Medication phase: After screening assessments are completed, the child will enter the medication phase of the study. Each child will first have a step-wise single-blind titration of MPH to determine his/her best dose followed by a double-blind crossover trial with placebo and the child's best dose. The order of active drug and placebo will be randomized across the sample so that half the children will first receive MPH for 2 weeks and the other half will first receive placebo for 2 weeks. The children will receive the alternative drug condition (placebo or the child's best dose) for the next 2 weeks.

The child and his/her parents will come back each week for a clinic visit. At each visit the child's height, weight, blood pressure and pulse will be checked. The child's parents and teacher/daycare provider, if applicable, will be asked to complete some rating scales every week.

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Study Type : Interventional  (Clinical Trial)
Actual Enrollment : 48 participants
Allocation: Randomized
Intervention Model: Crossover Assignment
Masking: Quadruple (Participant, Care Provider, Investigator, Outcomes Assessor)
Primary Purpose: Treatment
Official Title: Methylphenidate Study in Young Children With Developmental Disorders
Study Start Date : May 2001
Actual Primary Completion Date : March 2008

Intervention Details:
  • Drug: Methylphenidate
    • 1-week single blind placebo lead-in phase.
    • step-wise single blind titration of MPH at 1.25 mg bid for the first week, 2.5 mg bid for the second week , 5 mg bid for the third week, 7.5 mg bid for the fourth week and 10 mg bid for the 5th week.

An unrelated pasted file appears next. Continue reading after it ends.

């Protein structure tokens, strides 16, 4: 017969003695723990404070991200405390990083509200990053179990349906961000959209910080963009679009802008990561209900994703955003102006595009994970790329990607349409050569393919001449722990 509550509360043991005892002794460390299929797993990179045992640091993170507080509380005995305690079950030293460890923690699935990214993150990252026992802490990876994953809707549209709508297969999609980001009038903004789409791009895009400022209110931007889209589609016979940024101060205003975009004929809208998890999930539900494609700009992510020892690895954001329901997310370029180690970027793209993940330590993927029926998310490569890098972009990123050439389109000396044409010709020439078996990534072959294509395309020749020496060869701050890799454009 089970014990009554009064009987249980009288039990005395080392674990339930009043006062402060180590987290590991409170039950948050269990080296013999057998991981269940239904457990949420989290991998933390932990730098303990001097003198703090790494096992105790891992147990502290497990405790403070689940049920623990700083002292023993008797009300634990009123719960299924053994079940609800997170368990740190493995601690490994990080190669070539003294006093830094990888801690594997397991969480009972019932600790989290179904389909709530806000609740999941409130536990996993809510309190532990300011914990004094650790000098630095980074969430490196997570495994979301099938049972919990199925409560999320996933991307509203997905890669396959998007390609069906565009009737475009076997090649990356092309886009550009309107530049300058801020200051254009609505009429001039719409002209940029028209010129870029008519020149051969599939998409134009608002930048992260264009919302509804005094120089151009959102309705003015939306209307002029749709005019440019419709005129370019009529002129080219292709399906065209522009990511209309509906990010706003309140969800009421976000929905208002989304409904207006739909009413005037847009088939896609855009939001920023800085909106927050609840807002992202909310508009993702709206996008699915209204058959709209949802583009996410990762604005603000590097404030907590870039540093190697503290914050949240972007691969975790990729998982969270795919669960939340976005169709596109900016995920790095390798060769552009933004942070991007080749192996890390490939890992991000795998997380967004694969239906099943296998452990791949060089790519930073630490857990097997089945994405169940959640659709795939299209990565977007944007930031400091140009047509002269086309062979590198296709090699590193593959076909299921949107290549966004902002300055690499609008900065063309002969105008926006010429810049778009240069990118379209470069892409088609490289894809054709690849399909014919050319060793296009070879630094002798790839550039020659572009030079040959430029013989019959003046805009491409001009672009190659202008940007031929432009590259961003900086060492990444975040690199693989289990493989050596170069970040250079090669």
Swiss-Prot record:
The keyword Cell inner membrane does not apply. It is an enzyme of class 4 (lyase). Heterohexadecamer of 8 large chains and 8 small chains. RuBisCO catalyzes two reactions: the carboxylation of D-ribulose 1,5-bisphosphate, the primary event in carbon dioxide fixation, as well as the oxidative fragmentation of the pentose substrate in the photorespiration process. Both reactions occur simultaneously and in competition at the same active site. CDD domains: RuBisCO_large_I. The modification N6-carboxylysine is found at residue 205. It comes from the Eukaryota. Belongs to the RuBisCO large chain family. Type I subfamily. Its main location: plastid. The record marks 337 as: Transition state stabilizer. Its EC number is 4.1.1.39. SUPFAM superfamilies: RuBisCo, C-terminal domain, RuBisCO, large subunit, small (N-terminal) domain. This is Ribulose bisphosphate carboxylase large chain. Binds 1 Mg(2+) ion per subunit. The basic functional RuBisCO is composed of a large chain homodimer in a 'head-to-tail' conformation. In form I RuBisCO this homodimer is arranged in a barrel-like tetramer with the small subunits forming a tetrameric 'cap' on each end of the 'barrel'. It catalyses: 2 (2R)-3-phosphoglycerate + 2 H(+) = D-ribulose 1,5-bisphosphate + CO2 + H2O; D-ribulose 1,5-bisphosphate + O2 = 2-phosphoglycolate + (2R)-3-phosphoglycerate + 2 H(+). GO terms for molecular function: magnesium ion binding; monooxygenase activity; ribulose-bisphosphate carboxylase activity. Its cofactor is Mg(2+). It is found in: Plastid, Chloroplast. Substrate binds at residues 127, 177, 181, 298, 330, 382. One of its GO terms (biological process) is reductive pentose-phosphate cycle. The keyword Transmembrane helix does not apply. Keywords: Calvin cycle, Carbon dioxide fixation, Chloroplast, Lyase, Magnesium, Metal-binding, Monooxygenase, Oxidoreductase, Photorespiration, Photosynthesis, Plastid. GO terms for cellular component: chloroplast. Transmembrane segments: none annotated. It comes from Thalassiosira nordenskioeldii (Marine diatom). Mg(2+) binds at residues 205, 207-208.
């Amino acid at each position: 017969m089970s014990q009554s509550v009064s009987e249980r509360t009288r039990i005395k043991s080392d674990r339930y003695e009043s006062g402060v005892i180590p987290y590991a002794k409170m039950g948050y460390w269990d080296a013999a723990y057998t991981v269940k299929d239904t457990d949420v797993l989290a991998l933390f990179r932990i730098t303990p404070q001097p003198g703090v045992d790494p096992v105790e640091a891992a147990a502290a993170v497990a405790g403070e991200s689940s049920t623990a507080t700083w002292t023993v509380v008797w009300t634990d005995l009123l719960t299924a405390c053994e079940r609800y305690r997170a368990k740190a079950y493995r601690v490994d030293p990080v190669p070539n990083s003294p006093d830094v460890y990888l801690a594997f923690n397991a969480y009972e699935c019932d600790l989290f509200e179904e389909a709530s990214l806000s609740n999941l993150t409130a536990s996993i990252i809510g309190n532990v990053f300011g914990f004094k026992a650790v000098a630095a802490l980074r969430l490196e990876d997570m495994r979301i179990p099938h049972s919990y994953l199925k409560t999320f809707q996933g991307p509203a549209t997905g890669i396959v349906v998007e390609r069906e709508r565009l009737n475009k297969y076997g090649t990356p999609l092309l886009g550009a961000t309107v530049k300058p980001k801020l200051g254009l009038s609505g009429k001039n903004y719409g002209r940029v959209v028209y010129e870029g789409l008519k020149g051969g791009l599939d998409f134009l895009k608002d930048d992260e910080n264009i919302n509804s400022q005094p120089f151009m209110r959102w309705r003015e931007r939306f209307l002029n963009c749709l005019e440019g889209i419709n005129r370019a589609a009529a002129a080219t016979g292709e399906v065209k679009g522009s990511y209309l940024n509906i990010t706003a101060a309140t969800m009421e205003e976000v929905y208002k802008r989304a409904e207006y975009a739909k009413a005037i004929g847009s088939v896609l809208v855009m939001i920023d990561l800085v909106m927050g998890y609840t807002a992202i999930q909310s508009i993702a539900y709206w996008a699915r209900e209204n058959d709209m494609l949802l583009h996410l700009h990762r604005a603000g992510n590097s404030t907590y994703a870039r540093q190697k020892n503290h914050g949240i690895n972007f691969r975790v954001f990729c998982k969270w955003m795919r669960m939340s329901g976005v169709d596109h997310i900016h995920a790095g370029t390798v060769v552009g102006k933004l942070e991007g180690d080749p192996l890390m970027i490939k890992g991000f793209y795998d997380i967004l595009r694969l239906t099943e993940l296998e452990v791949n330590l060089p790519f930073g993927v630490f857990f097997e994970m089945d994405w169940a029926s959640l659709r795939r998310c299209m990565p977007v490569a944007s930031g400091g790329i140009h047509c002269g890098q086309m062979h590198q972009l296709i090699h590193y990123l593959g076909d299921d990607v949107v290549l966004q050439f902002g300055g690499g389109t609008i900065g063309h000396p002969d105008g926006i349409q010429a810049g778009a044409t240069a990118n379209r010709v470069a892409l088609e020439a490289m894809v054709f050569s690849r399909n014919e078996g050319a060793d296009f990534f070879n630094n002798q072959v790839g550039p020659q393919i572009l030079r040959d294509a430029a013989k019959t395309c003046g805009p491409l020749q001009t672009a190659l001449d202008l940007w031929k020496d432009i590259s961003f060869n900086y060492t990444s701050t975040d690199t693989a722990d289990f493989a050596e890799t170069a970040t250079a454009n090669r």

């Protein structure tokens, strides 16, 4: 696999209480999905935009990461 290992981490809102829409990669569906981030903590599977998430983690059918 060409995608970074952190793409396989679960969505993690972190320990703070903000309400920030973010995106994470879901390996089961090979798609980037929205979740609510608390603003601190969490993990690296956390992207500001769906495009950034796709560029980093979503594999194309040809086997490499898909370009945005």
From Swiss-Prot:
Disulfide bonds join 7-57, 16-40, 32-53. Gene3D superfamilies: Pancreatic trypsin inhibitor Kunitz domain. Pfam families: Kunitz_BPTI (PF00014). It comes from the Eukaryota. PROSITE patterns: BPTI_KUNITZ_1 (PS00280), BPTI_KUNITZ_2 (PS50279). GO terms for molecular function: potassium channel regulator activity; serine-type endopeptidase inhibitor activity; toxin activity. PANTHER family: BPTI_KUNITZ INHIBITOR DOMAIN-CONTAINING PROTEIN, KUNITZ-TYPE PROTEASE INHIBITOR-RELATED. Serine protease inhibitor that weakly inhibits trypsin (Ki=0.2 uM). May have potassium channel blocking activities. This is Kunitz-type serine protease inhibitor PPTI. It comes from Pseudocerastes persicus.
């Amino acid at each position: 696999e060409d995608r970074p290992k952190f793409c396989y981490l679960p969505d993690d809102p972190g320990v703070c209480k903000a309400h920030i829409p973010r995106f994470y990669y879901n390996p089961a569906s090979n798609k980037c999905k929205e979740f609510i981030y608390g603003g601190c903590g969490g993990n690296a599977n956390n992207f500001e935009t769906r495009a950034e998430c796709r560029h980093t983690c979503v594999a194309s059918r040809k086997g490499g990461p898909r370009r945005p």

Dose increased if room for improvement in child's symptoms and no clinically important side effects. Dose not increased if no room for improvement in child's symptoms or if clinically important side effects.

    After single blind titration, child enters a 4-week double-blind randomized crossover study with placebo and child's best dose that produced maximal effect with minimal side effects, with each child serving as his/her own control.

Primary Outcome Measures :
  1. - Hyperactive-Impulsive subscale of the Conners Rating Scale-Revised completed at baseline and at each week of the drug trial. - Clinician's Global Improvement completed at baseline and at each week of the drug trial. [ Time Frame: 3 to 4.5 months ]

Secondary Outcome Measures :
  1. -Hyperactive subscale of the Nisonger-Child Behavior Rating Form. -Children's Global Assessment Scale -Weekly side effect ratings and safety measures -Behavioral observation -Neuropsychological executive functions -Childhood Autism Rating Scale [ Time Frame: 3 to 4.5 months ]

Information from the National Library of Medicine

Choosing to participate in a study is an important personal decision. Talk with your doctor and family members or friends about deciding to join a study. To learn more about this study, you or your doctor may contact the study research staff using the contacts provided below. For general information, Learn About Clinical Studies.

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Ages Eligible for Study:   36 Months to 84 Months   (Child)
Sexes Eligible for Study:   All
Accepts Healthy Volunteers:   No